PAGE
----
DIANNE BUTLER OUT OF THE BOX
THIS is the show of the week. Probably SBS’s show of the year. Certainly in scope I’m finding it hard to think of another series quite like Go Back To Where You Came From.
We’ve all said this to each other, and it’s true — getting the right people is crucial to a show’s living or dying, and the people here could not be more right. This is the kind of reality series I’d like to see more of. Six people volunteered to do this— are you across what it’s about? They’re taken away for 25 days to live as closely as possible the life of a refugee.
They’re not told where they’re going to be sent, their phone’s taken off them so they can’t contact their family, their wallet . . . lots of stuff.
I almost don’t want to tell you too much because there’s pleasure here, if pleasure’s the word — value, maybe — in going along and finding out what’s about to happen to them as they do. It’s pretty confronting. But then so are some of their attitudes.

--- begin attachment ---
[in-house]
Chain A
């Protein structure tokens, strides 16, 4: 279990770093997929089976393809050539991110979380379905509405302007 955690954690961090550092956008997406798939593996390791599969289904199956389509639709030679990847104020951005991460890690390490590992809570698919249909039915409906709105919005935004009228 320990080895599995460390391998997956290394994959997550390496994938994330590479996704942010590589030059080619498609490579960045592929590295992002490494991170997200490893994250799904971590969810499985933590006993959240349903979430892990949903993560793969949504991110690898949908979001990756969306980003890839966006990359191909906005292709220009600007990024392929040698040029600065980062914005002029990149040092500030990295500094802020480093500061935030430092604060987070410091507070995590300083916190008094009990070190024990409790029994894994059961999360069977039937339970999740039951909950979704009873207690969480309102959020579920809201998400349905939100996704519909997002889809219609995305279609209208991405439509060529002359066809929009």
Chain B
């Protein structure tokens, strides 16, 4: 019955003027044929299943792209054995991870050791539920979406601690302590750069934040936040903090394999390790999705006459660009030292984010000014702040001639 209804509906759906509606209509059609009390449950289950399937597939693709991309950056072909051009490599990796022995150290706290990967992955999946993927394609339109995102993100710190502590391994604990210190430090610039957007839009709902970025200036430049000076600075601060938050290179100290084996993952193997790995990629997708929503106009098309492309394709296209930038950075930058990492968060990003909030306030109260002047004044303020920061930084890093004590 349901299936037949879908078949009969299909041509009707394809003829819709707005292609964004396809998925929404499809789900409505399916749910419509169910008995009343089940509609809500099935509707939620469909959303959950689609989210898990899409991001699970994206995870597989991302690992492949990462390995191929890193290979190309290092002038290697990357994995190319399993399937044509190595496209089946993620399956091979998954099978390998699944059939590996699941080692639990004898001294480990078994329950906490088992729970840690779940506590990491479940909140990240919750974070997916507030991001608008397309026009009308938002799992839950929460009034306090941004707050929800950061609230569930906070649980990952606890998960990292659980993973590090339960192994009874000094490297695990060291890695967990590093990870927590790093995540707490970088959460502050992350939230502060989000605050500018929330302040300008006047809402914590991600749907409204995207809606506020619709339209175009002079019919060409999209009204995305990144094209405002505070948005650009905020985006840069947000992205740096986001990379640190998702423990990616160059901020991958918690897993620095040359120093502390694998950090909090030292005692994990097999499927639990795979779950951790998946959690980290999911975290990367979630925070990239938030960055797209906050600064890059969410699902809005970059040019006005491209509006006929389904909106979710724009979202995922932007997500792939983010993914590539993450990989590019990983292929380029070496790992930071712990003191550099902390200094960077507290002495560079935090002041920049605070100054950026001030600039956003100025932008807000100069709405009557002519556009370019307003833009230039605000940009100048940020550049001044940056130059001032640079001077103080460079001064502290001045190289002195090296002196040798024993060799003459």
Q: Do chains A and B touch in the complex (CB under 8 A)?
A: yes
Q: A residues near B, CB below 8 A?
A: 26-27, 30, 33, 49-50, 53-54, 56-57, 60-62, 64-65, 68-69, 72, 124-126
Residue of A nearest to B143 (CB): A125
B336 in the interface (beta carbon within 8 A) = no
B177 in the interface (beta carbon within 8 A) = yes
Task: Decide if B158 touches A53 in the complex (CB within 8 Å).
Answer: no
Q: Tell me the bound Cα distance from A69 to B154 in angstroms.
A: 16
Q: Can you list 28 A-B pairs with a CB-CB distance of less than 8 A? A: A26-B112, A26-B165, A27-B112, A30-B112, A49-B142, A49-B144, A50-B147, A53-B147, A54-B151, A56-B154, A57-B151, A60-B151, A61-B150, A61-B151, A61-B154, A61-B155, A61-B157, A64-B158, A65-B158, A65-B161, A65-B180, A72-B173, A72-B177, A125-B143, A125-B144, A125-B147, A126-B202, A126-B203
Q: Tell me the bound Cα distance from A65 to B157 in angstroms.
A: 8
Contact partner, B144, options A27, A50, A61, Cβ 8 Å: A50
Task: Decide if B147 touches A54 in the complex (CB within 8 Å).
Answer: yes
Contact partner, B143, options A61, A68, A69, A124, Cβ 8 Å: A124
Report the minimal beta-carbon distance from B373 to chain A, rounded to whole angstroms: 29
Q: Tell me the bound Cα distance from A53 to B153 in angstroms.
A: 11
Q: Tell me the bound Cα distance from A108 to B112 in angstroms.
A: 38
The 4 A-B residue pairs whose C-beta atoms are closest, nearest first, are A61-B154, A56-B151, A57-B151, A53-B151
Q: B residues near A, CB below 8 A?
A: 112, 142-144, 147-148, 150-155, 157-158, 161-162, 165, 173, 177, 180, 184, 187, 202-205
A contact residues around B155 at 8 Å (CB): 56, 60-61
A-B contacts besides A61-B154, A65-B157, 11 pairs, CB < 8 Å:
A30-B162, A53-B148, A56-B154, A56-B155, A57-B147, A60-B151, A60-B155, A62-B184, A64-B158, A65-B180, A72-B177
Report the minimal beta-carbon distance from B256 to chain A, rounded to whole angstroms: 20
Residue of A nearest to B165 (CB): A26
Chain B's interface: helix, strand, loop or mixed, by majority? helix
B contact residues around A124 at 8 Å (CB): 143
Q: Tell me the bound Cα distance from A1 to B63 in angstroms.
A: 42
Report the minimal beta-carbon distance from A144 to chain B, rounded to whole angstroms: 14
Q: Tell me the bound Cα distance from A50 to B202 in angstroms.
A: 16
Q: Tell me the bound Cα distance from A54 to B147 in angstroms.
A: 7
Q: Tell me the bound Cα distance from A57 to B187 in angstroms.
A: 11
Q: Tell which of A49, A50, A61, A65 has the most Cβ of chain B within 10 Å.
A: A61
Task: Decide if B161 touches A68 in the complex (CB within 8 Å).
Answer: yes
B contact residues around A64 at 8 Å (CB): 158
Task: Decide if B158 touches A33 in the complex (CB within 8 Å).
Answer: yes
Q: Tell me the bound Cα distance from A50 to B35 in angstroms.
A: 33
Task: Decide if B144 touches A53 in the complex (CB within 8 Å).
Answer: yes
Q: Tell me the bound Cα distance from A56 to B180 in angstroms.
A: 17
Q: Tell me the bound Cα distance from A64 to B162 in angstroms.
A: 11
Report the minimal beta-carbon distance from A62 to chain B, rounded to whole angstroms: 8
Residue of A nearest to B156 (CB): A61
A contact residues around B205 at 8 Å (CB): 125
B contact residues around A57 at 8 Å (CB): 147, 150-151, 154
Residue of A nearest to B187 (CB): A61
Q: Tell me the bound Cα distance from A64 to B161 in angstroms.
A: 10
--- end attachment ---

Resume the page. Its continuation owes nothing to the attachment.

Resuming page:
OK, so these are the people: Raye, 63, retired social worker from rural South Australia. I hear the words social worker, I think lovely warm caring person. And Raye does in fact seem very nice, right up until she starts talking about the detention
Jordan: Glenys, Adam and Darren centre down the road from her house. ‘‘ I could’ve gone over with a gun and shot the lot of them,’’ she says. Adam, 26, a lifeguard from Cronulla: ‘‘ We’re spending millions of dollars on housing these criminals.’’
Raquel, 21, from Sydney’s west: ‘‘ I guess I am a bit racist. I just don’t like Africans . . .’’ Darren, a 42-year-old from Adelaide, who says anyone who arrives without documentation on a boat must be expatriated immediately. On the other hand there’s Gleny, 39, from Newcastle, who thinks perhaps there is room for more refugees. And Roderick, 29, from Brisbane, whose biggest concern is coming across as a giant leftie. But who wouldn’t in this crowd. Unmissable television. Go Back To Where You Came From, SBS One, 8.30pm